37. What a rant! After reading your other rant about Moore’s Endhiran review, this review doesn’t help much to differentiate you two. Actually it is the trait of us all, we defend what we like and bash what we do not. I bet ya there were women in Indian households who would have empathized with this woman’s character, who would have found some hope of a delayed morning in their lives after watching this movie. See I just defended this movie without even having seen it. So do not make such an issue when someone bashes a movie you like. I found Endhiran stupid, and you found time to defend it with a lengthy article just because you think you have more grasp on Indian films than your other American counterpart. Get a life and leave the blogosphere in peace. Bon Journée.

    • You missed the point entirely, probably because you are reading with your own preconceptions and prejudices. I have not seen Endhiran (which you would know if you’d actually read my post), and was not defending the film. I was defending Hindi cinema as NOT being a one-size-fits-all thing. I have a perfect right to NOT like this particular film that I HAVE seen, for all the reasons I listed. You don’t have to come here if you don’t like what I have to say; in fact, I would prefer that you not if you can’t find anything thoughtful and intelligent to say.

    • Mr Suri, I hope you have more grasp on Hindi movies than Memsaab. If so, then good for you.

  38. Mr.Suri, I’m afraid I feel compelled to intervene here as I find your comments extremely offensive. Especially your last line “get a life and leave the blogosphere in peace”. WTF!!!

    If you do not like memsaab’s writing, that’s just fine. But that does NOT give you the right to go about making such rude comments.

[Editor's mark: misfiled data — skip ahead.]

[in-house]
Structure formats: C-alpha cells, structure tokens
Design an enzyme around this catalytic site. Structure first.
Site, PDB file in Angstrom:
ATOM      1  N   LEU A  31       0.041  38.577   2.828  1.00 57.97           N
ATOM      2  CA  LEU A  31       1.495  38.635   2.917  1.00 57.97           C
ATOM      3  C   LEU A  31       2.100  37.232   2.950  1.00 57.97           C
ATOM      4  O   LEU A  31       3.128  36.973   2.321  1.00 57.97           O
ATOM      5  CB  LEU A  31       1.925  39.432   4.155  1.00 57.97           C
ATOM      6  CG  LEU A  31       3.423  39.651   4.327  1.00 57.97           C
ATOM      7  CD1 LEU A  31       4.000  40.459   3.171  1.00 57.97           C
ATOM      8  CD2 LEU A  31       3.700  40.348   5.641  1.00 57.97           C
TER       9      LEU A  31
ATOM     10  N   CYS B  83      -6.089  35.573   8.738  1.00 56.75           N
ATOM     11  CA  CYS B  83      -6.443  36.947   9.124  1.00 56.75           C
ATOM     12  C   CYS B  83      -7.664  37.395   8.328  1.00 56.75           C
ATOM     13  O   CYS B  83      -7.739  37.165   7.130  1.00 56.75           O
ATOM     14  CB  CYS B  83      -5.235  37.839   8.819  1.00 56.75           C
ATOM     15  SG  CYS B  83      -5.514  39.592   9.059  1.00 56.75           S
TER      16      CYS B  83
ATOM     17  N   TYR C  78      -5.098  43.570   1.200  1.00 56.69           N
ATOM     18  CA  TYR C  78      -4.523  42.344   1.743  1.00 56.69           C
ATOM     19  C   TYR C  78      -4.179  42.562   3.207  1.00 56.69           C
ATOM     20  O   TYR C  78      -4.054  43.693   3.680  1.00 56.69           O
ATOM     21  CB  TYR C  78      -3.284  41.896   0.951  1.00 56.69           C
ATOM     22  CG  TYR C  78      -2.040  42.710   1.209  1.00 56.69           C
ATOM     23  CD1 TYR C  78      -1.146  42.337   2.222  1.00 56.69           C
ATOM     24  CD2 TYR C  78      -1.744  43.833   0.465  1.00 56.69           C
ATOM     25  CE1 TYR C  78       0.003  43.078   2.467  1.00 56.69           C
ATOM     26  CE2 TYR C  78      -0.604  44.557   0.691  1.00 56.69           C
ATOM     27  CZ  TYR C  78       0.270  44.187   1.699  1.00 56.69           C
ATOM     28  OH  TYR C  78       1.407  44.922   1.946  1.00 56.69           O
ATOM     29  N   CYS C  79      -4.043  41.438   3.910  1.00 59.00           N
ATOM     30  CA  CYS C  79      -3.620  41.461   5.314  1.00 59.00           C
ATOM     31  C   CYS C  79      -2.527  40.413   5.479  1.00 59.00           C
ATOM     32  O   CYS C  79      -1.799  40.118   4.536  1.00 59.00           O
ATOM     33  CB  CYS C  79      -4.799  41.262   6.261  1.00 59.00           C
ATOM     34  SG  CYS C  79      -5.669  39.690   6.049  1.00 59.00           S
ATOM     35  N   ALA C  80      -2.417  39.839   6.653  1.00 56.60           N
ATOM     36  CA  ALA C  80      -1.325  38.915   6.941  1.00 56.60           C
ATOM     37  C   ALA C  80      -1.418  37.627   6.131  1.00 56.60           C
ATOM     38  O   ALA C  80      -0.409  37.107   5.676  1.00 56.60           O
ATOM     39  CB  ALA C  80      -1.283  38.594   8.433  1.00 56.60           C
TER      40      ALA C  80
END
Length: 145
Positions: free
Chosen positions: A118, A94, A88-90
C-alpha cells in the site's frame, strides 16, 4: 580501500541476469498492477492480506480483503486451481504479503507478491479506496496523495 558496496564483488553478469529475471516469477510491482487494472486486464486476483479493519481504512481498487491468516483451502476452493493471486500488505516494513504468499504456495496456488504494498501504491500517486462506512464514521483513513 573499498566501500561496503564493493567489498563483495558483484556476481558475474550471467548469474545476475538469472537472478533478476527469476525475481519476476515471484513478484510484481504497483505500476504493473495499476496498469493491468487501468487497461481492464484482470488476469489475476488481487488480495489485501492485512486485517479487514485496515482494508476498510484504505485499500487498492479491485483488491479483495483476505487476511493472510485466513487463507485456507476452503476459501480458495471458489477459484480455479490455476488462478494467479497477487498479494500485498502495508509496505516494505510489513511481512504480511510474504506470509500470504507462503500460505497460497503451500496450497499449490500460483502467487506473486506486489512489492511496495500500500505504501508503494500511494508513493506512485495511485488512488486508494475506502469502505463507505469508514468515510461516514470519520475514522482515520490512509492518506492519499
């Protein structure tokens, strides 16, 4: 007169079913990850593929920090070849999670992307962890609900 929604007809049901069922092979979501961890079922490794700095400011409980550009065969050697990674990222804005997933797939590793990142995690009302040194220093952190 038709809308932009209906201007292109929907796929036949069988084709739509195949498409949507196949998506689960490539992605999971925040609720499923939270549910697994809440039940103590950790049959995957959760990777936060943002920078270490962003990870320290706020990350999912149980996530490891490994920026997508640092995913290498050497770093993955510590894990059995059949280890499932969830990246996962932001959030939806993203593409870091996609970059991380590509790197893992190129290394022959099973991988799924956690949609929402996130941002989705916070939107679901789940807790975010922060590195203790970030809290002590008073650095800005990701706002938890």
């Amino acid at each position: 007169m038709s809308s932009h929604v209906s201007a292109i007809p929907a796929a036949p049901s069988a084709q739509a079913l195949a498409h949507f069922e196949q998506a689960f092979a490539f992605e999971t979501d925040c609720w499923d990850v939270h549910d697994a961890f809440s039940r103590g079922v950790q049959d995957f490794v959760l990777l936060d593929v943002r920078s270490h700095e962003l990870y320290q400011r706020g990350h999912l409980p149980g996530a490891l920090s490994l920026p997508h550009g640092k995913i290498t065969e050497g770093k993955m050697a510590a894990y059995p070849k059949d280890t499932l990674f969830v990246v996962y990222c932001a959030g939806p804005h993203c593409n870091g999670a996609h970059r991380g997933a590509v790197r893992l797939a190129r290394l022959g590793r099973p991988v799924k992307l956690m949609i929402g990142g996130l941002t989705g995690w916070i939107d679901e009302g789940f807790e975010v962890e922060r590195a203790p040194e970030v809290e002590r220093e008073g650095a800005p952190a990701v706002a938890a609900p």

Most long-time readers of memsaab’s blog, including myself, will vouch for the fact that when she reviews a movie, she says it just as she sees it, without trying to toe any popular line or pretend to be “seeing it through Indian eyes”.

    If you’d just bothered to spend a little more time on her blog, you’d realise that memsaab’s endeared herself to many Bollywood lovers around the world (both Indian and non-Indian) for her passion for old and often-forgotten Bollywood cinema. She’s brought to light little-known characters from yesteryear, she’s played, in her own way, a role in reviving interest in old Bollywood that even today’s Bollywood industry, obsessed with itself, couldn’t seem to care less about.

    And you come here telling her to “get a life and leave the blogosphere in peace”?

    This is HER blog and she is FULLY entitled to express her views here. If you don’t agree with her views, fair enough! But you’ve NO business using such language on somebody’s blog – it is atrocious!

    I would have requested you to tender an unconditional apology to memsaab for your comment but I guess I won’t bother.

  39. What a stupid stroyline and what stupid reactions here by few people. What the dog understood in movie cannot be understood by people?? I am flummoxed :( :(

    Memsaab and everybody else on this side of the matter, no need to waste your energy on them. And memsaab you already said that …..